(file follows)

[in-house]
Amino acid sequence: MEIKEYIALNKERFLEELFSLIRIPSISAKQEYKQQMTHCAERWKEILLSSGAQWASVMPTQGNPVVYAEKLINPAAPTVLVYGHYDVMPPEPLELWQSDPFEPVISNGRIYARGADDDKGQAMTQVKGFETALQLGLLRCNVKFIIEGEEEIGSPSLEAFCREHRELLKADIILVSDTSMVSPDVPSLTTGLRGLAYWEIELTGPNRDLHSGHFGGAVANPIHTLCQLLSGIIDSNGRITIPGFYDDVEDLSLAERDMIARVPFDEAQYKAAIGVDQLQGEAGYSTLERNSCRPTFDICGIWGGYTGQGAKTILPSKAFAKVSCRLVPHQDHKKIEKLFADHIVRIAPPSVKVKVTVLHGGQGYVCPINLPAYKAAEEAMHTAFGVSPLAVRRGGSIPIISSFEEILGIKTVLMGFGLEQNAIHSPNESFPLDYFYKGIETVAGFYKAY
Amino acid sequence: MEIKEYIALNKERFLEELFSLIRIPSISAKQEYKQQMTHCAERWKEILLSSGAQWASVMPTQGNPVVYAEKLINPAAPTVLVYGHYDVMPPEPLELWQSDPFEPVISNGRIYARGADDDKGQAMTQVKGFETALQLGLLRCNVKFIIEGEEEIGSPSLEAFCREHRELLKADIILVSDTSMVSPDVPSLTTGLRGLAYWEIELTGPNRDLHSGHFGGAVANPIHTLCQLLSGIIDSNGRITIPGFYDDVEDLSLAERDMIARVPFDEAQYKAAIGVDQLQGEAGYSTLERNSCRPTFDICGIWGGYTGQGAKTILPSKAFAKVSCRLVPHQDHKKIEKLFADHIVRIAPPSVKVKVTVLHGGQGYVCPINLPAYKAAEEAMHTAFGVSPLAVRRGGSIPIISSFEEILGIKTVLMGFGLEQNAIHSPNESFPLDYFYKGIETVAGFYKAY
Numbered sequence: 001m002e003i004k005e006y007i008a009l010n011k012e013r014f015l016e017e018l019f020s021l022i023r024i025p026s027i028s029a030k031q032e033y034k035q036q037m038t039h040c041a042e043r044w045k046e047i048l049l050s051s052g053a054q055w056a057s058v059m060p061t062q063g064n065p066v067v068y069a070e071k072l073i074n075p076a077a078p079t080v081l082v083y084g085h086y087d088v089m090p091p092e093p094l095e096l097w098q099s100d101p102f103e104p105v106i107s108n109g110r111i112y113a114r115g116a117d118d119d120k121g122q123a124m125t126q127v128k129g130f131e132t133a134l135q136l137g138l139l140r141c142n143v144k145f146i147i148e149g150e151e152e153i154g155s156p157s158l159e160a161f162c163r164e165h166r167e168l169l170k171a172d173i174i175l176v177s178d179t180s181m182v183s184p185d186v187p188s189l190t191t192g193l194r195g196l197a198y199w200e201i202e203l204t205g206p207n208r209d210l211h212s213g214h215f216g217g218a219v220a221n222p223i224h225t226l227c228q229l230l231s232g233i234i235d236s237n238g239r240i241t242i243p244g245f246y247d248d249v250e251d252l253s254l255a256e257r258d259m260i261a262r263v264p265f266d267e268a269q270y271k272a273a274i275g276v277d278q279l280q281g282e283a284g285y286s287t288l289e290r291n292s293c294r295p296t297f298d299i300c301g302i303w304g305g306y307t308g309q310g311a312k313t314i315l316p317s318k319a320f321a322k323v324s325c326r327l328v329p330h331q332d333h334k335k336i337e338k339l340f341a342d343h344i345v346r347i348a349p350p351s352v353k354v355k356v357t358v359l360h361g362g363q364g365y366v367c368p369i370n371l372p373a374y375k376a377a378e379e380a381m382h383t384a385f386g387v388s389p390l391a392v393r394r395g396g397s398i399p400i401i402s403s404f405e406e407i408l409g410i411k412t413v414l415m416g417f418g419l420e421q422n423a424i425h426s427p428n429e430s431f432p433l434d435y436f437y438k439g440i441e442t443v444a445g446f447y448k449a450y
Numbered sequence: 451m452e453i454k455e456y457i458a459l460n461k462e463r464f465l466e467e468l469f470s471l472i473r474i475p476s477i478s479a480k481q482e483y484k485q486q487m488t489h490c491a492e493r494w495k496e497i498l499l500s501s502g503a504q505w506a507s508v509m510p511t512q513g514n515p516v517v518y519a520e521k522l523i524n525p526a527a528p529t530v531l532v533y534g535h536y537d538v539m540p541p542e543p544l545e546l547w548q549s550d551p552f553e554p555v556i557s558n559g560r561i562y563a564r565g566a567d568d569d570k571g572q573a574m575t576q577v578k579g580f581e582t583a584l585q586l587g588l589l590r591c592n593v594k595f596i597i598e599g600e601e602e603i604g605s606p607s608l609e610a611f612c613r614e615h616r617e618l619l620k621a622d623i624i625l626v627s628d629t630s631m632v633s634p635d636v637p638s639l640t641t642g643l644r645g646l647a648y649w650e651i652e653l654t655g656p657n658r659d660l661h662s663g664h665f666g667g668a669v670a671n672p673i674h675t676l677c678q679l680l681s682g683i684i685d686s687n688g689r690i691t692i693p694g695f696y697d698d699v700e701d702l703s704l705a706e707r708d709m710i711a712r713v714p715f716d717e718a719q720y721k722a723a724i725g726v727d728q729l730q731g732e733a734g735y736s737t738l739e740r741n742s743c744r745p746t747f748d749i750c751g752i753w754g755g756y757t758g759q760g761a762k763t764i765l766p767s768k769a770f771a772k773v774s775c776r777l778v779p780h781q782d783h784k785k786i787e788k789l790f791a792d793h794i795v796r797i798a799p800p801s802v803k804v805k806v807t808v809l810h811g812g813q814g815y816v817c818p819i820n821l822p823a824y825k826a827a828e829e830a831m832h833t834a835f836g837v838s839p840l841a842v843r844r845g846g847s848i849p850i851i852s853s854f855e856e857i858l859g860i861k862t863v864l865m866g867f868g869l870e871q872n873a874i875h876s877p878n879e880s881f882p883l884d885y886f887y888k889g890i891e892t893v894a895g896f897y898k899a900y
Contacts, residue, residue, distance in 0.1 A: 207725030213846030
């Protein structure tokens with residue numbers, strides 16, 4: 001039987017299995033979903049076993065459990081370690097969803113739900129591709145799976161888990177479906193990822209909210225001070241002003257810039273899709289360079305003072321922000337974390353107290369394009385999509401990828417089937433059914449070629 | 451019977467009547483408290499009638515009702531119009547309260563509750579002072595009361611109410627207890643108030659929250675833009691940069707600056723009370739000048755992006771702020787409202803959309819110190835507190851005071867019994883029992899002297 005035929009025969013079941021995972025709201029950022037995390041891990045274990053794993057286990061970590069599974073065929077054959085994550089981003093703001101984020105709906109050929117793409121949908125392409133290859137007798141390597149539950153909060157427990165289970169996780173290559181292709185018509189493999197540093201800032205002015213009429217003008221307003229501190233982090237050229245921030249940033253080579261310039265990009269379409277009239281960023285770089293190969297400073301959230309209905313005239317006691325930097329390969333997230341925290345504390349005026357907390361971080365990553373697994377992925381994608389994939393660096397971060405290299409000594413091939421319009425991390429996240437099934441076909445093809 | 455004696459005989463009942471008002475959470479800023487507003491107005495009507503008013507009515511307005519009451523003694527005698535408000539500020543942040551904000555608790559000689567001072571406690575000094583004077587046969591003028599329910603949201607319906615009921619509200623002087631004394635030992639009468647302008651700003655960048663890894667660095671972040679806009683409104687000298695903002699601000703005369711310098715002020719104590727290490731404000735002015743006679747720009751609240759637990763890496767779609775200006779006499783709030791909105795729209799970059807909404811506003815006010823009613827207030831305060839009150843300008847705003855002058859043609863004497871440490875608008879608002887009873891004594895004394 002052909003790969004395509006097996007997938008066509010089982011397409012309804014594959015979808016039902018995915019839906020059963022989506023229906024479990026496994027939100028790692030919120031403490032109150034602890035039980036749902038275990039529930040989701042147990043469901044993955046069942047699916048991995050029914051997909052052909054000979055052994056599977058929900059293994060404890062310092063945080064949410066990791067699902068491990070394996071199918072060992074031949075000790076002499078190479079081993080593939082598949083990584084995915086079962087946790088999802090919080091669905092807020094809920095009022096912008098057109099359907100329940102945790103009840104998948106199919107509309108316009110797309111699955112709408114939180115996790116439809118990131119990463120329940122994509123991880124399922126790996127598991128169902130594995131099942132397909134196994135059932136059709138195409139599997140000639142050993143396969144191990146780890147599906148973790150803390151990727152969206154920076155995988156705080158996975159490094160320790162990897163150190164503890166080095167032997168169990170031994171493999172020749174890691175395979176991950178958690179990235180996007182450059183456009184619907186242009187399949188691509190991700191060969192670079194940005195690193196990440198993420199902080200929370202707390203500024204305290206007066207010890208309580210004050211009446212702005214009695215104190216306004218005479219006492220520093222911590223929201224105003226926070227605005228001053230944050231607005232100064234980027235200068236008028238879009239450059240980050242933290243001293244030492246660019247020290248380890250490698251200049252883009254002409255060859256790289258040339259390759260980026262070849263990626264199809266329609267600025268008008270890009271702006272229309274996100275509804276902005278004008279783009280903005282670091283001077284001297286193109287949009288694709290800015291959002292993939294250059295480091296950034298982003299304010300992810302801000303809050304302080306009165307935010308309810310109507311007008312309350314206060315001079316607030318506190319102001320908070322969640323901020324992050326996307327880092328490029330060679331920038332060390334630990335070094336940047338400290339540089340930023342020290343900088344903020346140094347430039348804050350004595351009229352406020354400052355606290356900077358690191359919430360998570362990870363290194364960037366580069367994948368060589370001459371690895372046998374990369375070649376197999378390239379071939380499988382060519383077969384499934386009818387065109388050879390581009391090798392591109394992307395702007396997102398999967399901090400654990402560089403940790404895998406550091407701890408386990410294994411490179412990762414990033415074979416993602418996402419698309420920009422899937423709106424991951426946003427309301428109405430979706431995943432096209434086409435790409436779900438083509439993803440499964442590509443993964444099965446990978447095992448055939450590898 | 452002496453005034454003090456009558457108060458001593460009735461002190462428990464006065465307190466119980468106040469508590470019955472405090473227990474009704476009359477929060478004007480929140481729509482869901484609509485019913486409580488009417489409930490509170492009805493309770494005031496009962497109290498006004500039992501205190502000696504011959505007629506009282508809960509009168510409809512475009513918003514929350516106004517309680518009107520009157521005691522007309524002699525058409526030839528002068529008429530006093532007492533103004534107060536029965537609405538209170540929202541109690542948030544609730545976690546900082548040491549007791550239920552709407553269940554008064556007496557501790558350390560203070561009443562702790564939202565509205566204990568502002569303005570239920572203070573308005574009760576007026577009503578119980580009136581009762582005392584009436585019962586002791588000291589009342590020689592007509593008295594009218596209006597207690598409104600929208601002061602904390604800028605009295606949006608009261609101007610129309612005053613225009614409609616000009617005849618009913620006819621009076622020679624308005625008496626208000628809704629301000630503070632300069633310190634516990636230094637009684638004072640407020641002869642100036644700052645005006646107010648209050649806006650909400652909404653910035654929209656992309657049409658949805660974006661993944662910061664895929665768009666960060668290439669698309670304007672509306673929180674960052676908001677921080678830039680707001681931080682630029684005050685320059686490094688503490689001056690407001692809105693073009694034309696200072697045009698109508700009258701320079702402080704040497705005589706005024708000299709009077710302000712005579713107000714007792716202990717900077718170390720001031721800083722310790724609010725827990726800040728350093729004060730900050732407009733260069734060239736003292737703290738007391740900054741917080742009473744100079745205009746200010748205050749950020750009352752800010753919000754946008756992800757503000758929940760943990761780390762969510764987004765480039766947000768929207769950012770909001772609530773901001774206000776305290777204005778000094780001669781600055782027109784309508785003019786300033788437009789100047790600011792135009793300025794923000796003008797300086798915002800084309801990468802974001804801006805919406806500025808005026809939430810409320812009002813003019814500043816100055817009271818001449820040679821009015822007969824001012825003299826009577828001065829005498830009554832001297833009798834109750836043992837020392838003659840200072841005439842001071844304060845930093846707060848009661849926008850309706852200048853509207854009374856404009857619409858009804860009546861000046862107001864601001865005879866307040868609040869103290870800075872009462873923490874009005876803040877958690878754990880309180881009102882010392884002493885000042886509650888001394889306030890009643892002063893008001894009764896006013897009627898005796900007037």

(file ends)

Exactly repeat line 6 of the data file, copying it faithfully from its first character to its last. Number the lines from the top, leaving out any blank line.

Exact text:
Contacts, residue, residue, distance in 0.1 A: 207725030213846030